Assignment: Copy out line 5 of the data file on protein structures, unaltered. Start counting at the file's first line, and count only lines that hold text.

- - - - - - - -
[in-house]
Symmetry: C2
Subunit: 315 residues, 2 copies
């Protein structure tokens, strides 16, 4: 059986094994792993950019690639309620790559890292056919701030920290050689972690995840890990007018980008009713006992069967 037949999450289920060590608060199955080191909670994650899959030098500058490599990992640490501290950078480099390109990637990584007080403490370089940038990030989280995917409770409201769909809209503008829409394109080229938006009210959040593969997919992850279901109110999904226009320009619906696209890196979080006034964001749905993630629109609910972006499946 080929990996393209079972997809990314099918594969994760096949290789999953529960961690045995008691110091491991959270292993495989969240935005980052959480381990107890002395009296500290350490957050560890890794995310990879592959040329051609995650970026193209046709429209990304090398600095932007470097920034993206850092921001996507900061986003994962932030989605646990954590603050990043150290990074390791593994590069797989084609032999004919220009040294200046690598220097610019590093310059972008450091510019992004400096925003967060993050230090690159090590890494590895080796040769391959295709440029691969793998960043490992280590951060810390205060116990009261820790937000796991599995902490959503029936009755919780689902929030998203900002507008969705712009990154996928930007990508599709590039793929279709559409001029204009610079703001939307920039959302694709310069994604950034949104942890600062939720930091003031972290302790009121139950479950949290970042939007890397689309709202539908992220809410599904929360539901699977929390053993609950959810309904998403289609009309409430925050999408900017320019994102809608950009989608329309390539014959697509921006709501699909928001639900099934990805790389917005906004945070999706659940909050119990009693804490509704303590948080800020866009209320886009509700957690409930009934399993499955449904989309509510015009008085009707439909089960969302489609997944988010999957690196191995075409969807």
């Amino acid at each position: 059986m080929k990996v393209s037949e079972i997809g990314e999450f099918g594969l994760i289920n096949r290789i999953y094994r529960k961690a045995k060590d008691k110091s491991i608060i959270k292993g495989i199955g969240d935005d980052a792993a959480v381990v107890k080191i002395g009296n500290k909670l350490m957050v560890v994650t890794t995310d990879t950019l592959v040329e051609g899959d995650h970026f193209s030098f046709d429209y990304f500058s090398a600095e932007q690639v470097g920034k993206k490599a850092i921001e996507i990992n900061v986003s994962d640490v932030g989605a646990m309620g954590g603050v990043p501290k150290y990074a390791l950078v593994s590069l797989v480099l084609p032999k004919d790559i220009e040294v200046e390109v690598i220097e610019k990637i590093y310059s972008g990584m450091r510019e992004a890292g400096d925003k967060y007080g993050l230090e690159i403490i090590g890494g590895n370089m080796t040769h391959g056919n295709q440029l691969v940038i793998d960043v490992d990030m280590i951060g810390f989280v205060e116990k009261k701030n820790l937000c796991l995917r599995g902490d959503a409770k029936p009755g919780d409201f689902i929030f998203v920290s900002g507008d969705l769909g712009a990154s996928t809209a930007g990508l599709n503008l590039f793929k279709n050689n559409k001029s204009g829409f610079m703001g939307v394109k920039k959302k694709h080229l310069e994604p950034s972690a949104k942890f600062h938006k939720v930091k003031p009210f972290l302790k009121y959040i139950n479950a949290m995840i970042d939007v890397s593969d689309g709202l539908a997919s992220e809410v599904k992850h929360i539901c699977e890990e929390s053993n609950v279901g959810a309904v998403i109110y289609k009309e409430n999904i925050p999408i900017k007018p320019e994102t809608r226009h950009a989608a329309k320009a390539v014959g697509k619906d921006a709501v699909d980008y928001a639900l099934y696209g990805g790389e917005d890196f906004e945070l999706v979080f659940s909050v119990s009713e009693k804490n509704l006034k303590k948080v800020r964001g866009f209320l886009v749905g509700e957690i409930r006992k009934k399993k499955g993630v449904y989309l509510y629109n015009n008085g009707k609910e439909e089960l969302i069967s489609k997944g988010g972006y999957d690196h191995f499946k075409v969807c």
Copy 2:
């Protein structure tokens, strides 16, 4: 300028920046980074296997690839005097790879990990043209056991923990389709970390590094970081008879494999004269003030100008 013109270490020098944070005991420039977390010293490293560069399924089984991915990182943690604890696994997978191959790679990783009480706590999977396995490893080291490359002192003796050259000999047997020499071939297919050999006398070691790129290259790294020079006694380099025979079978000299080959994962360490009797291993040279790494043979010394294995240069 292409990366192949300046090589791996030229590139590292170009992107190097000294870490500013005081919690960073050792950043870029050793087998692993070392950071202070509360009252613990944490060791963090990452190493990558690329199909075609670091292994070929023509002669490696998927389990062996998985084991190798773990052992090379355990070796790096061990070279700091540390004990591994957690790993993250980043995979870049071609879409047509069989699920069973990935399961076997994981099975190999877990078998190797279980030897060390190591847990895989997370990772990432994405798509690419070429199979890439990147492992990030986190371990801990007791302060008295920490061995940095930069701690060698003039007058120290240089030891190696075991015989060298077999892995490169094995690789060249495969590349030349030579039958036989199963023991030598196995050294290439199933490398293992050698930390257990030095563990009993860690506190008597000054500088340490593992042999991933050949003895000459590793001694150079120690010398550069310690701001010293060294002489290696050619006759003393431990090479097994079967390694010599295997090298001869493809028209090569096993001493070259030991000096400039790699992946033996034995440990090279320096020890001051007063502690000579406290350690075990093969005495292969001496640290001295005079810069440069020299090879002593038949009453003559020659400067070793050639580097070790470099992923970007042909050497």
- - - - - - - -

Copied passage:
């Amino acid at each position: 059986m080929k990996v393209s037949e079972i997809g990314e999450f099918g594969l994760i289920n096949r290789i999953y094994r529960k961690a045995k060590d008691k110091s491991i608060i959270k292993g495989i199955g969240d935005d980052a792993a959480v381990v107890k080191i002395g009296n500290k909670l350490m957050v560890v994650t890794t995310d990879t950019l592959v040329e051609g899959d995650h970026f193209s030098f046709d429209y990304f500058s090398a600095e932007q690639v470097g920034k993206k490599a850092i921001e996507i990992n900061v986003s994962d640490v932030g989605a646990m309620g954590g603050v990043p501290k150290y990074a390791l950078v593994s590069l797989v480099l084609p032999k004919d790559i220009e040294v200046e390109v690598i220097e610019k990637i590093y310059s972008g990584m450091r510019e992004a890292g400096d925003k967060y007080g993050l230090e690159i403490i090590g890494g590895n370089m080796t040769h391959g056919n295709q440029l691969v940038i793998d960043v490992d990030m280590i951060g810390f989280v205060e116990k009261k701030n820790l937000c796991l995917r599995g902490d959503a409770k029936p009755g919780d409201f689902i929030f998203v920290s900002g507008d969705l769909g712009a990154s996928t809209a930007g990508l599709n503008l590039f793929k279709n050689n559409k001029s204009g829409f610079m703001g939307v394109k920039k959302k694709h080229l310069e994604p950034s972690a949104k942890f600062h938006k939720v930091k003031p009210f972290l302790k009121y959040i139950n479950a949290m995840i970042d939007v890397s593969d689309g709202l539908a997919s992220e809410v599904k992850h929360i539901c699977e890990e929390s053993n609950v279901g959810a309904v998403i109110y289609k009309e409430n999904i925050p999408i900017k007018p320019e994102t809608r226009h950009a989608a329309k320009a390539v014959g697509k619906d921006a709501v699909d980008y928001a639900l099934y696209g990805g790389e917005d890196f906004e945070l999706v979080f659940s909050v119990s009713e009693k804490n509704l006034k303590k948080v800020r964001g866009f209320l886009v749905g509700e957690i409930r006992k009934k399993k499955g993630v449904y989309l509510y629109n015009n008085g009707k609910e439909e089960l969302i069967s489609k997944g988010g972006y999957d690196h191995f499946k075409v969807c």